Administration of expired polio vaccine to children in Pindi village stirs panic

Updated 17 Dec 2019


At least 50 children were administered an expired polio vaccine in the Dhoke Budhal village in Rawalpindi on Monday, the first day of an ongoing nationwide vaccination campaign. — AP/File
At least 50 children were administered an expired polio vaccine in the Dhoke Budhal village in Rawalpindi on Monday, the first day of an ongoing nationwide vaccination campaign. — AP/File

• Polio national coordinator says use of expired vaccine is harmless • Health dept storekeeper who issued the stock suspended

RAWALPINDI: At least 50 children were administered an expired polio vaccine in the Dhoke Budhal village in Rawalpindi on Monday, the first day of an ongoing nationwide vaccination campaign.

Local health department teams are monitoring the affected children, none of whom have reacted adversely to the vaccine. The polio programme has also clarified that the use of the expired vaccine was limited to one basic health unit (BHU) and that while the expired vaccine loses efficacy, it is harmless and cannot cause the disease.

Rawalpindi Deputy Commissioner Saifullah Dogar has suspended the storekeeper of the Rawalpindi district health department and constituted a three-member committee to look into the issue.

Reports spread on Monday that an expired polio vaccine was administered in an area near Gujar Khan. After local residents found that the vaccine had expired, parents refused to have their children vaccinated. The vaccination campaign was immediately halted in the area in response.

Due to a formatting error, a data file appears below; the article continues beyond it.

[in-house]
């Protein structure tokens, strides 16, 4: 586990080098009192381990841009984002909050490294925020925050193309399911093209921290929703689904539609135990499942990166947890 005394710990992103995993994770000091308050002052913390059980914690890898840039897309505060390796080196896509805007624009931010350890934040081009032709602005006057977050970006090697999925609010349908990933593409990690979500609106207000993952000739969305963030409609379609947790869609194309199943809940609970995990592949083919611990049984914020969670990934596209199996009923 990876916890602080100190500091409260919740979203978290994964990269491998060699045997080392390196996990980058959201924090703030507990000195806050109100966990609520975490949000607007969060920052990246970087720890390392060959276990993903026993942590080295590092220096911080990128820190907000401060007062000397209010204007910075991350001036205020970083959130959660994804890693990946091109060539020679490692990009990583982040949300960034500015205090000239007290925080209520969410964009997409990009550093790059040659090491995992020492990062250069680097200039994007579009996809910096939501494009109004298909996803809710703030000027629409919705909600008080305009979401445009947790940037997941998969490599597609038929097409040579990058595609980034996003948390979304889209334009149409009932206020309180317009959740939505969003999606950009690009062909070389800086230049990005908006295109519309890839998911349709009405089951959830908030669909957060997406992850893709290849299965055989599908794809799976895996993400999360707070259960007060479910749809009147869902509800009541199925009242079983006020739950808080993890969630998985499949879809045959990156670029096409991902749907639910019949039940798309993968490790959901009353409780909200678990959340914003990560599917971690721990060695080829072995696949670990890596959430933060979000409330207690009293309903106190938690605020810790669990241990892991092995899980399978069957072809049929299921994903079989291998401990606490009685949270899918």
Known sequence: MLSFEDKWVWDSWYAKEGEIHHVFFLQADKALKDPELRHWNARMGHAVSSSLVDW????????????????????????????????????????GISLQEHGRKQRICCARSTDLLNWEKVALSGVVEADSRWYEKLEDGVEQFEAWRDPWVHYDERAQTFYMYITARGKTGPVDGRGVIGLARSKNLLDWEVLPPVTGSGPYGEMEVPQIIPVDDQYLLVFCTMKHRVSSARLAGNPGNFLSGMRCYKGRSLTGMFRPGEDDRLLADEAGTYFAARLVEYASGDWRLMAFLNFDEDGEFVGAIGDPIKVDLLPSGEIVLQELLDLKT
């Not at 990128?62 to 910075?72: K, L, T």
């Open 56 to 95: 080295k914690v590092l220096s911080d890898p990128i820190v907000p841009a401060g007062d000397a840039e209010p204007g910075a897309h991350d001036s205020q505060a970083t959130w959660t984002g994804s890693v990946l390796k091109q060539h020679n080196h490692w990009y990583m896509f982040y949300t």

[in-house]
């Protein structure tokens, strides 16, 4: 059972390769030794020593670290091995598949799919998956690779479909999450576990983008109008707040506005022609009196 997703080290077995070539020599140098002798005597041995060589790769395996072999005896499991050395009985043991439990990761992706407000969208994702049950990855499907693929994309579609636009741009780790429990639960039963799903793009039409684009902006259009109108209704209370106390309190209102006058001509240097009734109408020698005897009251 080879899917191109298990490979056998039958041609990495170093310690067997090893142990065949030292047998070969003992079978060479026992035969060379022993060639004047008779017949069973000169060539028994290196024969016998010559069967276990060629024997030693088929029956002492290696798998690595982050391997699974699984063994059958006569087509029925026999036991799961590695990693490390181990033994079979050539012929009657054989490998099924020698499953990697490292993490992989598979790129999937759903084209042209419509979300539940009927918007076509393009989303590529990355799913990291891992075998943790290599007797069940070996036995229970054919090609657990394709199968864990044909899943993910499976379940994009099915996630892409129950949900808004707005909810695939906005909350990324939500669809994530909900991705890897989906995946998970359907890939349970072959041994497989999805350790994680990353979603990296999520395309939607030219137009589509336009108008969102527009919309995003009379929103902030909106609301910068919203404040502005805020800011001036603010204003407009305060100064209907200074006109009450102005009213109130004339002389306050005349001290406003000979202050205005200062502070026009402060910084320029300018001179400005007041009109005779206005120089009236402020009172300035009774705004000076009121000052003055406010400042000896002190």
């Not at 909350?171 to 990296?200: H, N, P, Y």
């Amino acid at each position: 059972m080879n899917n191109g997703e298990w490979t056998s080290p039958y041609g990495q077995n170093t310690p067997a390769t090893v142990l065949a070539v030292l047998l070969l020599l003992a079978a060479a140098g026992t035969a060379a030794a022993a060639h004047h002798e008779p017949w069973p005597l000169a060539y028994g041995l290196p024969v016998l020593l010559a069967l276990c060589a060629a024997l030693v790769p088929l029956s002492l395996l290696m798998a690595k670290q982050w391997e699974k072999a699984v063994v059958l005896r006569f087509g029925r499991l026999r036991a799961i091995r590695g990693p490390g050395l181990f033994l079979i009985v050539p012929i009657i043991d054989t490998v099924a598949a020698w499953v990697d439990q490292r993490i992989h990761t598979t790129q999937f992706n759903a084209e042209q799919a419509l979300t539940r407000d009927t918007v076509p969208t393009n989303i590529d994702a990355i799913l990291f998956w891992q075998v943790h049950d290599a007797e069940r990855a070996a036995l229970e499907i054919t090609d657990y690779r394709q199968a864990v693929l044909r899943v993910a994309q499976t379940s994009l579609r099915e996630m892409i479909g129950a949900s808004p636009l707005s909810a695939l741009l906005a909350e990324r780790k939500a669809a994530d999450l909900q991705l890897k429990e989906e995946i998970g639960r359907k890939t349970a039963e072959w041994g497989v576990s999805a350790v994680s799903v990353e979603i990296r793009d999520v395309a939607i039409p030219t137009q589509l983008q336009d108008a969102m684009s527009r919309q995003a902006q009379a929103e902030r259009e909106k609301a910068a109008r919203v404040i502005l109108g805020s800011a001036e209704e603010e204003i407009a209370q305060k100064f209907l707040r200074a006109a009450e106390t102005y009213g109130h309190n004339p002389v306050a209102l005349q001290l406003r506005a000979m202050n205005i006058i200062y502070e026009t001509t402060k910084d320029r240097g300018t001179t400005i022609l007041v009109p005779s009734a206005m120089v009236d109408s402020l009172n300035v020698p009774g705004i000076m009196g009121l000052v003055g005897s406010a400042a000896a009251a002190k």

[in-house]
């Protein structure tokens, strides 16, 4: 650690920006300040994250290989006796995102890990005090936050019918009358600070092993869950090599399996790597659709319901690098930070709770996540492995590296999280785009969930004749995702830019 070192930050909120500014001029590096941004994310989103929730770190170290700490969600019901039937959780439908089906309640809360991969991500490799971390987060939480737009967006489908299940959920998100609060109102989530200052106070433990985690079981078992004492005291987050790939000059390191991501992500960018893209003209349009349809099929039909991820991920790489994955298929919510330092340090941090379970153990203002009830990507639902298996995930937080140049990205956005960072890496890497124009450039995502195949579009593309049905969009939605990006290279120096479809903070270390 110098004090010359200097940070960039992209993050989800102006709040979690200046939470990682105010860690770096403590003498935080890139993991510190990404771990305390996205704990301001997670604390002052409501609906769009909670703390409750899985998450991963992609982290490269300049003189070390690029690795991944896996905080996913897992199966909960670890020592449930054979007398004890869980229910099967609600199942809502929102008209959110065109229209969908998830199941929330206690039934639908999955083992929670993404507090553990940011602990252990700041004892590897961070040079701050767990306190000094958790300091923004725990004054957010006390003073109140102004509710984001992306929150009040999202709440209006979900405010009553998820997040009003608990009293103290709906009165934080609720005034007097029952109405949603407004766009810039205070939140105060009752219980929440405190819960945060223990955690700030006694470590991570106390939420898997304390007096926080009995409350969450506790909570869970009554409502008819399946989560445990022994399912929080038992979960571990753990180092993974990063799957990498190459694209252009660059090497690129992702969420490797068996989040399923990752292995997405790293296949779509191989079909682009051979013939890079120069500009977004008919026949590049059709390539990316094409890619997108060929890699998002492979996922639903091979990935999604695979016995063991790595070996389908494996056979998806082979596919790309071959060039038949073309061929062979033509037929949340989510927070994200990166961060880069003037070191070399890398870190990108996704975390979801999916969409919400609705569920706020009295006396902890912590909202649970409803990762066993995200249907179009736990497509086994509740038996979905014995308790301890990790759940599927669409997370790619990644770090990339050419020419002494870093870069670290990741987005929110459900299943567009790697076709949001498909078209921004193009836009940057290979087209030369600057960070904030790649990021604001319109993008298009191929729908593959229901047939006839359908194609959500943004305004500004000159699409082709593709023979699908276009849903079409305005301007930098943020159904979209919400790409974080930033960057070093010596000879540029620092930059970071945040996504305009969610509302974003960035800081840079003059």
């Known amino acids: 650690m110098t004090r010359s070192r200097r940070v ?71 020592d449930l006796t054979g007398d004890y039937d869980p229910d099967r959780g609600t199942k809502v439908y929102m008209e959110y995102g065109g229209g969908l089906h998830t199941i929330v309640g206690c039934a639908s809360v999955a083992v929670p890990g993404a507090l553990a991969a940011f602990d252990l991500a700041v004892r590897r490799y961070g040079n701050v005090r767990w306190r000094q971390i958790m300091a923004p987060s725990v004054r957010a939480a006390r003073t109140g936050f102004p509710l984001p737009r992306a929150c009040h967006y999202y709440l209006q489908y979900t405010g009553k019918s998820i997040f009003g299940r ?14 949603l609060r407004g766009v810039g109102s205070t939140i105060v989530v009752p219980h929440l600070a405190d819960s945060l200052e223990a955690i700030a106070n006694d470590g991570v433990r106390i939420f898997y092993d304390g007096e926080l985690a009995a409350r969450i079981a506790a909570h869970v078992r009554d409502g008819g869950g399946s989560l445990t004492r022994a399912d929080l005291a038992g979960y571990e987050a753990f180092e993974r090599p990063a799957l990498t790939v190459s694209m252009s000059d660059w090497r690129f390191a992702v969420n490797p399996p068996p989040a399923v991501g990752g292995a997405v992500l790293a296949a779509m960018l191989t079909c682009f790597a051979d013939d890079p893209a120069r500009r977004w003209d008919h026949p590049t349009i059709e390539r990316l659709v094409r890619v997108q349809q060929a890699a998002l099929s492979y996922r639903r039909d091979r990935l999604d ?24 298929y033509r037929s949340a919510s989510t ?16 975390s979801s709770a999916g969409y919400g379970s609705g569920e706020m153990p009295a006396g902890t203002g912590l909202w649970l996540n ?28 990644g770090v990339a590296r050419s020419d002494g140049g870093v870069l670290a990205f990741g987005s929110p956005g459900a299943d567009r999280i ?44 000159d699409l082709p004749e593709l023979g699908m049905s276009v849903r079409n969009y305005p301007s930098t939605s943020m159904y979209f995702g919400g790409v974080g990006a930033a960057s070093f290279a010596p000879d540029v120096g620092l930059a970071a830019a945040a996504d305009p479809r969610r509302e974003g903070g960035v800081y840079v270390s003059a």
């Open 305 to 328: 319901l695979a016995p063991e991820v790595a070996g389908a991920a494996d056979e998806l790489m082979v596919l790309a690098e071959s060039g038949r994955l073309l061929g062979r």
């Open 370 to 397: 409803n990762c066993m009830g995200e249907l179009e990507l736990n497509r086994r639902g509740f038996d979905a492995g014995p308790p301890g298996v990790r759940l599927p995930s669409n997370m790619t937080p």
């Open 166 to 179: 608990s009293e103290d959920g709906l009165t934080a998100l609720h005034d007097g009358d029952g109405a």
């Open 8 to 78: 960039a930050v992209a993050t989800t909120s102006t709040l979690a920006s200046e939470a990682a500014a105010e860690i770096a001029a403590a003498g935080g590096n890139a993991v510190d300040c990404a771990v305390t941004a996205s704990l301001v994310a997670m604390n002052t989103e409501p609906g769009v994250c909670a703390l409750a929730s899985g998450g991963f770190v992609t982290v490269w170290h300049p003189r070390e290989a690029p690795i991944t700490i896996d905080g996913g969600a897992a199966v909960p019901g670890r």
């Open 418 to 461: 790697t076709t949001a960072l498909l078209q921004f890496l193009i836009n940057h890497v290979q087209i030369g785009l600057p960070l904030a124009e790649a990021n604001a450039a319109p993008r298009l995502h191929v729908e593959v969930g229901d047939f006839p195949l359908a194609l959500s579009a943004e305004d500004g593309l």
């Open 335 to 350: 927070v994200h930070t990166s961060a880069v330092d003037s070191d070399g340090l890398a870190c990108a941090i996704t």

As the news spread across the country, mainly through social media, people in areas where unexpired vaccines were used also began to question polio vaccination teams.

Soon after the incident came to light, the deputy commissioner and executive district officer (EDO) health visited the Dudhal BHU and began investigating what had happened.

EDO Health Dr Sohail Ahmed Chaudhry told Dawn that a vaccine that expired on Nov 30 this year was used in the Narali union council. He said that the process was stopped soon after the vaccination team discovered the vaccine was expired and informed the authorities concerned, and the expired vaccine was withheld.

“A few vials of the expired vaccine were used in the Potohar area, but vaccines with a 2020 expiration date were used in other parts of Rawalpindi district,” he said, adding that according to the vials used, between 50 and 60 children below the age of five were orally administered the expired vaccine.

The exact number of children who received the expired vaccine would only be known once the preliminary inquiry report has been received, he added.

Mr Chaudhry said the expired vaccine was used by a health team working in the field in Narali, 22 kilometres from Rawat police station. He said the polio vaccination drive began at 8am but was halted at 9:30am. It was restarted once the expired vaccine had been seized.

In a video message, Deputy Commissioner Dogar confirmed that an expired vaccine was administered in Dhoke Budhal, adding that the vaccine was recovered immediately and replaced with an unexpired one.

Both officials said Zafarul Haq, the health department storekeeper who issued the stock of expired vaccine, had been suspended. A three-member committee led by Additional Deputy Commissioner General (Finance and Planning) Maleha Jamal has been constituted to investigate the incident.